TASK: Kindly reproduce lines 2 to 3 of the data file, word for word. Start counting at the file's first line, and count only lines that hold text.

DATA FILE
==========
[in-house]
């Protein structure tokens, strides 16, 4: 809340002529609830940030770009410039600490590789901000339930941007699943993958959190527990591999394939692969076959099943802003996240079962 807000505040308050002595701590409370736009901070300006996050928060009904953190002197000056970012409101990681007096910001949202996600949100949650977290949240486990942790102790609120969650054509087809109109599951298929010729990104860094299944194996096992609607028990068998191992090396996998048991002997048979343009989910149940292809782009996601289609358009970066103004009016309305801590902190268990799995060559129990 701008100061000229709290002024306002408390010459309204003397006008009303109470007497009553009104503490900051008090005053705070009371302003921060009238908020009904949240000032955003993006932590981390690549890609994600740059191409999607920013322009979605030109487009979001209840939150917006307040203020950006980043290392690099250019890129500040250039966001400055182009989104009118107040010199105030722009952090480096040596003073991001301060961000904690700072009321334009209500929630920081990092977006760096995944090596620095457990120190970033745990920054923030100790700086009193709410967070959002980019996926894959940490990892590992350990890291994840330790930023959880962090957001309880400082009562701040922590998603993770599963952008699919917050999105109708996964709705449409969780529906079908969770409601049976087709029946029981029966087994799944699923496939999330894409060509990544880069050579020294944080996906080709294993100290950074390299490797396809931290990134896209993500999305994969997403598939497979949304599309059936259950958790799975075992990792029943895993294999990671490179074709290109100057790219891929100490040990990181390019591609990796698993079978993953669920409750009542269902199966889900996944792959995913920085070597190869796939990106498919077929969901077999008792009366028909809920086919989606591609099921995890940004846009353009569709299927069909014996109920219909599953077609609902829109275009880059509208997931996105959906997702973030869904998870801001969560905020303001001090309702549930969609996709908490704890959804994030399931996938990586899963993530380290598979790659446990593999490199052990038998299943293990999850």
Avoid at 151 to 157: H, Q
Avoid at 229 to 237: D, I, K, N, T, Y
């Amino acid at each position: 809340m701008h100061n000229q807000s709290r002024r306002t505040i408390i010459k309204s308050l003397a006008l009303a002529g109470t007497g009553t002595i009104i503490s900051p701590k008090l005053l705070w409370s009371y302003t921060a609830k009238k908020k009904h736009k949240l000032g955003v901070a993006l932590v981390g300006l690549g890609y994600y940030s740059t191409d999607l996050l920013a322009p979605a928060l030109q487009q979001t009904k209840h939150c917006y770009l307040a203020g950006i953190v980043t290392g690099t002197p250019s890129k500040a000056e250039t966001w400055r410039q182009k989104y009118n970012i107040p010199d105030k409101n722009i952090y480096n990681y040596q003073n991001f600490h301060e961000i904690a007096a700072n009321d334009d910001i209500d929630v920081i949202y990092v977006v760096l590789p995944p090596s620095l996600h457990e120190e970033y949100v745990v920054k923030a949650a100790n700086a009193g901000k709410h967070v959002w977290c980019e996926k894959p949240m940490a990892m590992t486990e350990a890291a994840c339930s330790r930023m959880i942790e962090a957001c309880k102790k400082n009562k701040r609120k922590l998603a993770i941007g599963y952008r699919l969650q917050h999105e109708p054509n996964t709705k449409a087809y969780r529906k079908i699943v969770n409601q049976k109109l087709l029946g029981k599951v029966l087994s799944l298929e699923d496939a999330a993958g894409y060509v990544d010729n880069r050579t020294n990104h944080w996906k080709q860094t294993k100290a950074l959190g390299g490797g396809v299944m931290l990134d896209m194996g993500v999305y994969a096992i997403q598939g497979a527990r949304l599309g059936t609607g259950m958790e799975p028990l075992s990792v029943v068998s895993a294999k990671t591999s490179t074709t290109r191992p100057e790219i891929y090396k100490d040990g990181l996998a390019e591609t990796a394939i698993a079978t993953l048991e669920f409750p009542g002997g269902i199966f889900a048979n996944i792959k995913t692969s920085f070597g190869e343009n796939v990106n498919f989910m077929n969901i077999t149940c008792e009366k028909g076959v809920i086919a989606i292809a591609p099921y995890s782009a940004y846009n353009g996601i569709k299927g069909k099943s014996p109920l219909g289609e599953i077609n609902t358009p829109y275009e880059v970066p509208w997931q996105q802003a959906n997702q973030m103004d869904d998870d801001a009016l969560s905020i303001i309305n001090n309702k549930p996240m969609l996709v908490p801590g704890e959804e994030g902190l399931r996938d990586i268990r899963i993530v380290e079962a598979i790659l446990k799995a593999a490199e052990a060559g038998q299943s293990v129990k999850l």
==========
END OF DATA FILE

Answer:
């Protein structure tokens, strides 16, 4: 809340002529609830940030770009410039600490590789901000339930941007699943993958959190527990591999394939692969076959099943802003996240079962 807000505040308050002595701590409370736009901070300006996050928060009904953190002197000056970012409101990681007096910001949202996600949100949650977290949240486990942790102790609120969650054509087809109109599951298929010729990104860094299944194996096992609607028990068998191992090396996998048991002997048979343009989910149940292809782009996601289609358009970066103004009016309305801590902190268990799995060559129990 701008100061000229709290002024306002408390010459309204003397006008009303109470007497009553009104503490900051008090005053705070009371302003921060009238908020009904949240000032955003993006932590981390690549890609994600740059191409999607920013322009979605030109487009979001209840939150917006307040203020950006980043290392690099250019890129500040250039966001400055182009989104009118107040010199105030722009952090480096040596003073991001301060961000904690700072009321334009209500929630920081990092977006760096995944090596620095457990120190970033745990920054923030100790700086009193709410967070959002980019996926894959940490990892590992350990890291994840330790930023959880962090957001309880400082009562701040922590998603993770599963952008699919917050999105109708996964709705449409969780529906079908969770409601049976087709029946029981029966087994799944699923496939999330894409060509990544880069050579020294944080996906080709294993100290950074390299490797396809931290990134896209993500999305994969997403598939497979949304599309059936259950958790799975075992990792029943895993294999990671490179074709290109100057790219891929100490040990990181390019591609990796698993079978993953669920409750009542269902199966889900996944792959995913920085070597190869796939990106498919077929969901077999008792009366028909809920086919989606591609099921995890940004846009353009569709299927069909014996109920219909599953077609609902829109275009880059509208997931996105959906997702973030869904998870801001969560905020303001001090309702549930969609996709908490704890959804994030399931996938990586899963993530380290598979790659446990593999490199052990038998299943293990999850």
Avoid at 151 to 157: H, Q